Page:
That first season came and went without a deer. I learned a lot that year. One thing was that a semi-auto was heavy and I needed a lighter rifle. We traded the .243 for a bolt-action .270. Another thing was that we had to get the stand out of the back yard. I know Dad (probably Mom) wanted to keep me close but that just wasn't working. So we moved that stand to an oak hollow that was a good hike from the house.
Not long into that season I had my opportunity for my first deer. A four point strolled down through the oak hollow and met his match. I was so pumped that I jumped down and ran all the way back home. My Dad was at work so I pulled Mom out of the house and we made the trek back through the woods to find the deer. My Mom always joked that she passed the hunting gene to me because she was 1/16th Native American. Well after watching her find that deer I would agree. My Mom passed away this year and I will always cherish the pride she had and interest she showed in my outdoor adventures. I told her to find a good hunting spot for me in heaven. No doubt that she influenced me.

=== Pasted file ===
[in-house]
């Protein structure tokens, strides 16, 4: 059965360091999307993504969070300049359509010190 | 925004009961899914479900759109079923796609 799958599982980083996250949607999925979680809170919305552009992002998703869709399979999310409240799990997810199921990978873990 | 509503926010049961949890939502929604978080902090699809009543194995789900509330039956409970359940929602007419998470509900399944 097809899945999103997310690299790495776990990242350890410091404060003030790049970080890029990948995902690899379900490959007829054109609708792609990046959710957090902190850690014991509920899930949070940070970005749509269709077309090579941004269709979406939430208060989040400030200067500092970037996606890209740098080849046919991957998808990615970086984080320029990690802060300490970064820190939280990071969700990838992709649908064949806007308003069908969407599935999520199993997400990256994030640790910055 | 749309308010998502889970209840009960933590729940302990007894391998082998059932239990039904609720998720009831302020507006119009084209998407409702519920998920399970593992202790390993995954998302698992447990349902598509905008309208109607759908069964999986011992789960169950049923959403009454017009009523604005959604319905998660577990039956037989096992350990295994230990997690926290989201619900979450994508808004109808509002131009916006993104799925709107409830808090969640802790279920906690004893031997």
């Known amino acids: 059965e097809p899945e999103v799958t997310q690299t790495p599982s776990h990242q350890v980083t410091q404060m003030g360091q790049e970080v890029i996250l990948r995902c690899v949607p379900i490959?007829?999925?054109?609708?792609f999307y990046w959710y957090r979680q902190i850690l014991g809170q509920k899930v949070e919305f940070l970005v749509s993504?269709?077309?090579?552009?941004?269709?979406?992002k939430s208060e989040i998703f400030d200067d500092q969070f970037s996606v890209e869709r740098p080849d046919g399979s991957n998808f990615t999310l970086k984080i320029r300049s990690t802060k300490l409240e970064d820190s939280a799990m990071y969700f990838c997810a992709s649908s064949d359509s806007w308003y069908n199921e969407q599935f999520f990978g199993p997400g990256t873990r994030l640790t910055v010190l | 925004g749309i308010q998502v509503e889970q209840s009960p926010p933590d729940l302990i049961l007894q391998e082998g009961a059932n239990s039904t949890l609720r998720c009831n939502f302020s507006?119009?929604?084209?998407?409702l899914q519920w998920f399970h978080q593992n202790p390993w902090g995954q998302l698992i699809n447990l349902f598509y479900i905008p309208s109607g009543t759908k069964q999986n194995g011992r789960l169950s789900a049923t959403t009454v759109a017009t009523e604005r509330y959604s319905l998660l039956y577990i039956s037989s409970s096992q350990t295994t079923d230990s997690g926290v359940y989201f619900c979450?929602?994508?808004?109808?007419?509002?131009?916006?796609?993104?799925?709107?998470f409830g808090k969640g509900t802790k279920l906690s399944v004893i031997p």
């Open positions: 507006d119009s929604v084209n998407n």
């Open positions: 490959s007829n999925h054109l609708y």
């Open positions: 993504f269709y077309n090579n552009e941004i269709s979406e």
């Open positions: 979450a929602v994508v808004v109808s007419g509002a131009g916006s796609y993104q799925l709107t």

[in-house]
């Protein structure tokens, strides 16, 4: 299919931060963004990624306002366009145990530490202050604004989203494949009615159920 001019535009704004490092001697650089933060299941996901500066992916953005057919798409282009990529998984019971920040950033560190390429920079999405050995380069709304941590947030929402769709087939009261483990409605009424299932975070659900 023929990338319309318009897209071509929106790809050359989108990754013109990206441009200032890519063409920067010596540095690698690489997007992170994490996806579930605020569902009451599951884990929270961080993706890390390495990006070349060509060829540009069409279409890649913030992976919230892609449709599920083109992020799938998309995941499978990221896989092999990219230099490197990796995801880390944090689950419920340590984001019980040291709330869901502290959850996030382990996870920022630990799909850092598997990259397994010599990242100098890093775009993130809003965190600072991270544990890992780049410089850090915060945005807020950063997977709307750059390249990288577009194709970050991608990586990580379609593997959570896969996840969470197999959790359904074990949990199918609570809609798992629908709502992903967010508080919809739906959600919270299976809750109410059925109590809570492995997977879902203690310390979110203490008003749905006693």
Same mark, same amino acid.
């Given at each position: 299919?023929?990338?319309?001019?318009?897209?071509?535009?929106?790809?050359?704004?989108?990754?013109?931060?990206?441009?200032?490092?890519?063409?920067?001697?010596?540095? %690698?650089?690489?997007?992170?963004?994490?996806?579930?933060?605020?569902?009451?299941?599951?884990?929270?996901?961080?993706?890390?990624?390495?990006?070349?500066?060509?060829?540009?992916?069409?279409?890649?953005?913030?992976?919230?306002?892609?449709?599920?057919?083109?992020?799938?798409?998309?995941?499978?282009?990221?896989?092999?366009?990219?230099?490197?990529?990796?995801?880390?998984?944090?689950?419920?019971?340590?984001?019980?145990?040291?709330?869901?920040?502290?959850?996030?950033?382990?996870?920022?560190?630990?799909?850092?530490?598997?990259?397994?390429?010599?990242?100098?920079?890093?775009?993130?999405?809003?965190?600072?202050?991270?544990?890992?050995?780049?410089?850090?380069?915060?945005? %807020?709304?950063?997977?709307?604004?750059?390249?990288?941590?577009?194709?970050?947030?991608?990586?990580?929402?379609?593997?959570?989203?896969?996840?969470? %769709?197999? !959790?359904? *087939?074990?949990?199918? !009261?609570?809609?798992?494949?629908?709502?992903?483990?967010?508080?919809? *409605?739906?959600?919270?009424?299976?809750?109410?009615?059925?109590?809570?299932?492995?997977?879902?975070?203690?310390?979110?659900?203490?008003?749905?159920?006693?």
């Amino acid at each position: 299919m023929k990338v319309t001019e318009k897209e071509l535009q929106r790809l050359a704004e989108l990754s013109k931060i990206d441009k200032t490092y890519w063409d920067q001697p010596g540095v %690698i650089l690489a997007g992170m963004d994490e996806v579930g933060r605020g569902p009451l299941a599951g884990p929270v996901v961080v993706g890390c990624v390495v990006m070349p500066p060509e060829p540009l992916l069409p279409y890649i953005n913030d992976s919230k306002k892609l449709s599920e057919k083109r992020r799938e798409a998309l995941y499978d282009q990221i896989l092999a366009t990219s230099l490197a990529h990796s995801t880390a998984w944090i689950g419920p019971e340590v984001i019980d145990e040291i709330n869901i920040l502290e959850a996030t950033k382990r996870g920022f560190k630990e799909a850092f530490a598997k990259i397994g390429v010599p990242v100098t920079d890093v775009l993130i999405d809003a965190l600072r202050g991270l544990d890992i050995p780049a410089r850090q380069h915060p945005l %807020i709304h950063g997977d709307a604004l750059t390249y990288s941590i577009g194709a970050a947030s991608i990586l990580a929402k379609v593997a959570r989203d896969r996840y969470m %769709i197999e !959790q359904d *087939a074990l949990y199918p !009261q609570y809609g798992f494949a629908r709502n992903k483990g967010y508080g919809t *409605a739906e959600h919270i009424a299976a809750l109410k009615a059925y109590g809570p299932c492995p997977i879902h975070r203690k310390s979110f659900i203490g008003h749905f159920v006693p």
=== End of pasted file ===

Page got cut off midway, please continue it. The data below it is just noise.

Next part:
Although hunting is now my favored outdoor activity, fishing was my first love. I was lucky enough to grow up with a small pond within walking distance from my house. I can remember many a day when my Dad and I shoveled up a few worms and hit the pond. As I got older I started to let my imagination wonder. My favorite TV show was Hank Parker's Outdoor Magazine. The jingle still rings in my head. "The house needs paintin, the yard needs mowin, where's he at? He's gone fishin!" Talk about influence. Well I had a many of battles with Hank on that small pond. (In my imagination). It would always come down to the last minute. I would be down a fish in the Bassmaster Classic with 10 minutes to go. I always seemed to catch that fish, whether it took me three hours or not.
As many of you would agree, those who have been bit by the outdoor bug will never heal. An outdoor influence is needed more than ever in today's world, and hopefully I can pass it on!
Share your story of what influenced the outdoors in you.